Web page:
And I have been very appreciative of our 'cyber-acquaintance'...

Dyspraxic Fundamentalist said...

What a fantastic post! You make a good point here.

I think I heard that sketch on the radio once.

God Bless

Matthew

Ray said...

Thanks Matthew...

Rose~ said...

Good toast ... I mean post! I saw a reference to it on Dyspraxic fundamentalist. You are so right, the important ingredients are diluted with filler and become rather ineffective.
Glad to see your blog!

Charles North said...

I was in the middle of preparing Sunday's sermon when I thought, "mmm, let's check Ray's blog." Now I have to start my sermon "from scratch." Thanks man!

Ray said...

LOL -- Sorry Charles... Thanks for stopping by...

rose~ - Thank you for stopping by as well, I have seen you on many of the blogs I frequent, but have never had the chance to actually converse with you... I enjoyed the recent discussions on your blog regarding TULIP...

Rose~ said...

Ray,
How interestin, I'm glad you enjoyed the TULIP series. I really learned a lot about Christian thinking. That surprises me when I hear someone has been reading my blog and doesn't comment. I, on the other hand, rarely keep my blog mouth shut! I'll be back!

Ray said...

rose~ -- I don't always comment as I only want to say something when I feel it will be of worth... sometimes I fail that test though!.

I learn a lot by reading -- and not always do I need to say something...

You are always welcome here...

BugBlaster said...

I remember that routine! Now that insipid "Dad is great" tune is rolling through my head. Did you ever hear the album with Fat Albert and Junior Barnes? Sometimes I play it on the antique turntable and start giggling. My kids look at each other and roll their eyes.

The thing about the kids and the chocolate breakfast was that although the kids thought it was great, they didn't know any better. It was really not good for them. The kids probably weren't pleased that mom stopped this from ever happening again, but that was also because they didn't know any better.

It can't be easy being a faithful pastor of the Truth.

Thanks Ray, this is a good post.

Fundamentally Reformed said...

Fantastic thoughts!

But let me go one step further. I think churches need more expository and less topical preaching. Along these lines, a former pastor of mine used to say he viewed his role to be that of the waiter. The Chef (aka the Holy Spirit) did a great job fixing the dish (ie. the Word), and no one wants the waiter rearranging the dish. The preacher is to herald what God says in His Word.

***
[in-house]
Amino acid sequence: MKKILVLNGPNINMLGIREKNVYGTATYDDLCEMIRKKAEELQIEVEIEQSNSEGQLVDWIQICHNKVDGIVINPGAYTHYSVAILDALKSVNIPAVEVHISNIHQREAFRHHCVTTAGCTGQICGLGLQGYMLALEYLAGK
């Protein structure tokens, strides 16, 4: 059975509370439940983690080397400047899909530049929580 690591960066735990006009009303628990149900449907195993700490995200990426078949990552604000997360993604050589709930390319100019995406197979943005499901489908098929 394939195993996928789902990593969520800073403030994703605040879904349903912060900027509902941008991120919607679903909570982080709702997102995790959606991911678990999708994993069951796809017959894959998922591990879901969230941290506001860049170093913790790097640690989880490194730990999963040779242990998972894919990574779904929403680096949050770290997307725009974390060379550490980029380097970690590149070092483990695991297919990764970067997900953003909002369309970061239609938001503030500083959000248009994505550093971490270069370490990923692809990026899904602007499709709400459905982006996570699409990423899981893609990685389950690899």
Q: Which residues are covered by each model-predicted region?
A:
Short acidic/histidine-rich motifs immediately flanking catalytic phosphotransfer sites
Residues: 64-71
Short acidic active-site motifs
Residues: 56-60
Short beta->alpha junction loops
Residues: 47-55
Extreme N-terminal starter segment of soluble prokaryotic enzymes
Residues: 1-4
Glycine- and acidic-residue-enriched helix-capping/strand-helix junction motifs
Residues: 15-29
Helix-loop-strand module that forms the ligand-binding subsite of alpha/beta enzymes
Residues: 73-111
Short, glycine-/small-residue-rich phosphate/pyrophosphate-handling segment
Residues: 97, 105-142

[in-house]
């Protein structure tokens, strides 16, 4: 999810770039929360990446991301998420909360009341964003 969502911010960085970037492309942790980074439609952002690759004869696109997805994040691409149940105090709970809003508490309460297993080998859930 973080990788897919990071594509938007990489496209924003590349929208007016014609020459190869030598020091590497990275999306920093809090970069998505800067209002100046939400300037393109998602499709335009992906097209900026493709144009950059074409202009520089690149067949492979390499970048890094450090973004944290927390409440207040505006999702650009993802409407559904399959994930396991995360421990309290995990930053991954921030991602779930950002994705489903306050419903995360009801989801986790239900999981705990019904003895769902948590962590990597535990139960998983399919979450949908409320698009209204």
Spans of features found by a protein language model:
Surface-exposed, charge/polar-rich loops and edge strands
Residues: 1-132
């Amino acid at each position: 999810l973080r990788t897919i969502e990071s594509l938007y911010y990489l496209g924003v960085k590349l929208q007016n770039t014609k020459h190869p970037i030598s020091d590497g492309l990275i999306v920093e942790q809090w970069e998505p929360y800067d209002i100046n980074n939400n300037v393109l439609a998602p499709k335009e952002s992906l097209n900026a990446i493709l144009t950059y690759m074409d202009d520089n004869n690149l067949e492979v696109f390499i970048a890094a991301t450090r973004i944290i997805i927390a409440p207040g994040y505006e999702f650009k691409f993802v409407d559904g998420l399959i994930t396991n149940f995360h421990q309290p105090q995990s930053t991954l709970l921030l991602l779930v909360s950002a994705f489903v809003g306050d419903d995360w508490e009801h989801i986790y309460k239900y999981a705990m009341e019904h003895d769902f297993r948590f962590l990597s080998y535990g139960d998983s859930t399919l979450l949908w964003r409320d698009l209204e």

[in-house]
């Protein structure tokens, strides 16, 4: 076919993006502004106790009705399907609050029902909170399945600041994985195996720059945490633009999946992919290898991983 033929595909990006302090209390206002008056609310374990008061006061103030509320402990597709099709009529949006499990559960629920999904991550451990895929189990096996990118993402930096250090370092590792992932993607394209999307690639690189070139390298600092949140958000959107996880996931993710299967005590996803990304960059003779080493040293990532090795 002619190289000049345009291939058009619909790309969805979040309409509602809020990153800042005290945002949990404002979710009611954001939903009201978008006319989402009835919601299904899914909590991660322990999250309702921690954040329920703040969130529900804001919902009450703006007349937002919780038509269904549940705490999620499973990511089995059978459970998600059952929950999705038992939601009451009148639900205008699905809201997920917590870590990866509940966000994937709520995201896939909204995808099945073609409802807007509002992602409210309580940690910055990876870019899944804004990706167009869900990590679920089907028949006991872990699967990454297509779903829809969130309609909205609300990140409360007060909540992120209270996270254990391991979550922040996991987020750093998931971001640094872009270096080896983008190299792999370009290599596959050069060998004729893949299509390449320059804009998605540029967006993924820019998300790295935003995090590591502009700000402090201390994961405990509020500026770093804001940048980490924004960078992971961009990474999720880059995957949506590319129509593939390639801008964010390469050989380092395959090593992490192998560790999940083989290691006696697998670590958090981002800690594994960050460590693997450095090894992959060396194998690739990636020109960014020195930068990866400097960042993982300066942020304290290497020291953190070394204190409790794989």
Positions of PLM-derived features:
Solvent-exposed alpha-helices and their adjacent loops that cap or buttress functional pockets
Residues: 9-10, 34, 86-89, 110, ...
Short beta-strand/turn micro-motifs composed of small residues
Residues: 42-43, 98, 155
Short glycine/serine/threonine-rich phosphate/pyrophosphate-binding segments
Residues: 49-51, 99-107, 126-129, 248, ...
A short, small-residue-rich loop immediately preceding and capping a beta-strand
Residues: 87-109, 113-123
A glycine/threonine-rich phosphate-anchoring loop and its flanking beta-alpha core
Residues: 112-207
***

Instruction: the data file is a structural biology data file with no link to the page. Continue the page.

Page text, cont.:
God's Word is written in books not verses! And the authors of Scripture are very good at making their point through the development of an argument (several chapters long, often, as in Hebrews). But the modern pastor comes along and takes one verse here, a couple there, and writes his own book in delivering an ensemble that is pleasing to his eye. Please, give me what the Chef made! Verse-by-verse messages, and expository messages dealing with a section of the text are successful in that they help us see what is being said. Only then is the full power of the Word unleashed as it is enabled to minister to us in the way intended by its Author.

So often topical messages end up devolving into a "spring text" (place from which to spring the message from), three points and a poem. We stamp outlines onto Scripture in whichever way we can. Often pastors know what they will say before they know which text to use!

However, do not misunderstand me. I believe there is a place for topical preaching. An Easter message at Easter time, or like this Sunday, our pastor will be preaching a message on the sanctity of life, in tune to the anniversary of Roe v. Wade. Also, preaching of systematic doctrines, and systematic topics (like faith, love, etc.) can be helpful. But please give me Scripture not mere opinion!

Ray said...

Fundy Reformed -- I agree wholeheartedly! We preach expositorial through the Scriptures...

Thta is part of what I was attempting to say -- preachers put the 'spin' on God's Word to make THEIR point, not the Scriptures...

Ray said...

Fundy Reformed -- I meant expositorially -- don't know where I got that 'other' word! :-)

Fundamentally Reformed said...
This comment has been removed by a blog administrator.
Fundamentally Reformed said...

Ray,

I kind of thought that was what you were getting after.

God Bless.

Paul said...

Nice, very nice. I wish all congregations could hear this sermon today!

Ray said...

Paul! So good to hear from you...